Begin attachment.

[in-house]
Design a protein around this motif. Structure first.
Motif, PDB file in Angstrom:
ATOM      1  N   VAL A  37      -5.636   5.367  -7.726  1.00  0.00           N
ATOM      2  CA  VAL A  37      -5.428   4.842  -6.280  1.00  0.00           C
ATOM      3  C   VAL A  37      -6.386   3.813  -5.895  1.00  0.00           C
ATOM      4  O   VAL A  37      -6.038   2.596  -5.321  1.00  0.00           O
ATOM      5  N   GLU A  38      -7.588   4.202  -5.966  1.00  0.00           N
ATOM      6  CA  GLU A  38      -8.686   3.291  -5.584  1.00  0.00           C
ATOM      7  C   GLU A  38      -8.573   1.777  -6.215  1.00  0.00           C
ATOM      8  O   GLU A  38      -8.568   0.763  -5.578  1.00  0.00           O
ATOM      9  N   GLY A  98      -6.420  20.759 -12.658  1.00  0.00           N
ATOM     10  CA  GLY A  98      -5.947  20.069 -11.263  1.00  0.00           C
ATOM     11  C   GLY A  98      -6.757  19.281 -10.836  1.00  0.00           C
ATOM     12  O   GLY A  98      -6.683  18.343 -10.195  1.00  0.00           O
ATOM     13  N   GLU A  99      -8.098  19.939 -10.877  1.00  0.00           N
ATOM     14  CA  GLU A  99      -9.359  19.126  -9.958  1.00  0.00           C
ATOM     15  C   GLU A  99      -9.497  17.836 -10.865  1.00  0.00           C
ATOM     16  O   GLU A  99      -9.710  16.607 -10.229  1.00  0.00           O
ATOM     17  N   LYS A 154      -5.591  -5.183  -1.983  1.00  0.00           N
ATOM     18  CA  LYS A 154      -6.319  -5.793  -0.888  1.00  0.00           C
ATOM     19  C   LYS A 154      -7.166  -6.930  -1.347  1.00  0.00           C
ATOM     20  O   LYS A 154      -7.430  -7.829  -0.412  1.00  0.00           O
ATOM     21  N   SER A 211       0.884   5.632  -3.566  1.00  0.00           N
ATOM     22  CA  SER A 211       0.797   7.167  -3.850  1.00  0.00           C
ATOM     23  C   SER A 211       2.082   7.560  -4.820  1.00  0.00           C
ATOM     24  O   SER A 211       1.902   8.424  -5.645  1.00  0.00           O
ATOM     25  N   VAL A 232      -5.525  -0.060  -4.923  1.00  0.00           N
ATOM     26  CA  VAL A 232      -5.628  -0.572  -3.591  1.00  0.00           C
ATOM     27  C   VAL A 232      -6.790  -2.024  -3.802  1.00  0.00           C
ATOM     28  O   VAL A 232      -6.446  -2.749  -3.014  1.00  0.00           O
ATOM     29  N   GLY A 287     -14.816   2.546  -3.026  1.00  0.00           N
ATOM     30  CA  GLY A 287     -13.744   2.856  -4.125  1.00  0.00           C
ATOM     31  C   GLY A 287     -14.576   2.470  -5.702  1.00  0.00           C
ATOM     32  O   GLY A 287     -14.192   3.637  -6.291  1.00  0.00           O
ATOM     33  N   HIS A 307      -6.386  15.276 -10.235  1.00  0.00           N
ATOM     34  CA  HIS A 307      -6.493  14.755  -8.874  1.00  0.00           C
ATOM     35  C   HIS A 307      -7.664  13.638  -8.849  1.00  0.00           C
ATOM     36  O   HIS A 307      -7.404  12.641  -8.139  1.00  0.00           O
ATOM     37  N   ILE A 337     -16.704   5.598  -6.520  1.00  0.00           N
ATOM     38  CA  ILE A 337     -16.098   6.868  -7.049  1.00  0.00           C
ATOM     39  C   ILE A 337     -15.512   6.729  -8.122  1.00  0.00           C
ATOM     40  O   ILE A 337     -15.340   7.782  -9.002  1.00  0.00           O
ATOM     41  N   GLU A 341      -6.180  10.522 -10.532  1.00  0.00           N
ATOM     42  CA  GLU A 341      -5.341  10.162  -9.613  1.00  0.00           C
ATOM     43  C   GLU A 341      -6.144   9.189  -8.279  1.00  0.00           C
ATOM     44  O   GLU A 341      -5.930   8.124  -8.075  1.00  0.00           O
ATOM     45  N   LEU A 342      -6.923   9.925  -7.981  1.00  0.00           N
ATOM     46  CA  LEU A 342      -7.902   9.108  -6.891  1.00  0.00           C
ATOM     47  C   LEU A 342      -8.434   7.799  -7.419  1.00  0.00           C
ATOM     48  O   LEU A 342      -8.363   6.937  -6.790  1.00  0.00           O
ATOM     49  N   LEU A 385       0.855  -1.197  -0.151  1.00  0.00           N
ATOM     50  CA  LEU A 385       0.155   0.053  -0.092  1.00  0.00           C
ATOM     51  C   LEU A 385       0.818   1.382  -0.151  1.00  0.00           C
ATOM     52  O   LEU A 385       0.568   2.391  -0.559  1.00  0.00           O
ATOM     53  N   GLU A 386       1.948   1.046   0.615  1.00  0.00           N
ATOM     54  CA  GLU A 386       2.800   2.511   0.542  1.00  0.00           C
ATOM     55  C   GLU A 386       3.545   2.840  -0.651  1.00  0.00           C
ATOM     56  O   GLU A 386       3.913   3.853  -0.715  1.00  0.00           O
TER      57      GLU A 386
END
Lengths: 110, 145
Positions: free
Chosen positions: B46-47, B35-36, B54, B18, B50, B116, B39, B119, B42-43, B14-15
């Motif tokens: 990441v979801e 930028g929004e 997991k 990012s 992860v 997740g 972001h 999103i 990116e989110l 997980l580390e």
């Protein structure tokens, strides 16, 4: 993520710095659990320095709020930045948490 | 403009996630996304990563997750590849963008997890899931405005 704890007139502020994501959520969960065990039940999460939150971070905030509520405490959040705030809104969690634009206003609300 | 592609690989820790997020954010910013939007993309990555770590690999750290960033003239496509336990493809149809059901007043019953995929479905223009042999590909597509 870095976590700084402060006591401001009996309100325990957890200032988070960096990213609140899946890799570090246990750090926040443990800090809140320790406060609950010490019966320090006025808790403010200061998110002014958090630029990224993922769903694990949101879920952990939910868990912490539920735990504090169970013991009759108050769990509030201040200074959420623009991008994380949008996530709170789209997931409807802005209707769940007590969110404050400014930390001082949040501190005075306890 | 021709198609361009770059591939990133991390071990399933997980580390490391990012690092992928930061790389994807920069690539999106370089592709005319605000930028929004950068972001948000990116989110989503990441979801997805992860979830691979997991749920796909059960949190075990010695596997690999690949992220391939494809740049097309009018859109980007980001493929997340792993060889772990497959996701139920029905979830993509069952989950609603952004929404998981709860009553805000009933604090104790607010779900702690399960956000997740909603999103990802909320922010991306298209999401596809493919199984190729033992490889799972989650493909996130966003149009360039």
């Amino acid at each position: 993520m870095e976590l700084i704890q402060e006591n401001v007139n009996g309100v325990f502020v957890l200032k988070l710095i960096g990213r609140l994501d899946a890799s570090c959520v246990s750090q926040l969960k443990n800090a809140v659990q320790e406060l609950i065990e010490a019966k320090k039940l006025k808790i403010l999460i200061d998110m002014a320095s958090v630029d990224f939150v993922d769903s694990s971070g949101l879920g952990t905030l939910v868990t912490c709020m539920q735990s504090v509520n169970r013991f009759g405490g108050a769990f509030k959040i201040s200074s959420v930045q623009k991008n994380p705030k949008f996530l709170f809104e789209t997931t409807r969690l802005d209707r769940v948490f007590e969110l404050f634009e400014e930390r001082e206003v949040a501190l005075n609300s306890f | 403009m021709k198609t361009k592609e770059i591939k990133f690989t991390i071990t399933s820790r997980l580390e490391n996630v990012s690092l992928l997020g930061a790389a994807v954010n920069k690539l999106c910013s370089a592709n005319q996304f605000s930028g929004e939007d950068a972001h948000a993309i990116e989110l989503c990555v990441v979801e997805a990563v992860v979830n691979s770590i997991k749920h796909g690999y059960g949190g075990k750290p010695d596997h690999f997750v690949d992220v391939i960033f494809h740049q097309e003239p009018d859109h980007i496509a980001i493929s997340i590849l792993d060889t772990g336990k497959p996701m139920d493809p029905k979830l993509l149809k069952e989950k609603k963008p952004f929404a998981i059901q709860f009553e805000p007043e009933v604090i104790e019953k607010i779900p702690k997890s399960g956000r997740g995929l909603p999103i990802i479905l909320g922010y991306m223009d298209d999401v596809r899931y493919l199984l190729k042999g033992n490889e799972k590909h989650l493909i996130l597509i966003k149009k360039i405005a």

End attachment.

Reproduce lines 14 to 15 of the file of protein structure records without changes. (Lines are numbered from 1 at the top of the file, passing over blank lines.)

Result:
ATOM     11  C   GLY A  98      -6.757  19.281 -10.836  1.00  0.00           C
ATOM     12  O   GLY A  98      -6.683  18.343 -10.195  1.00  0.00           O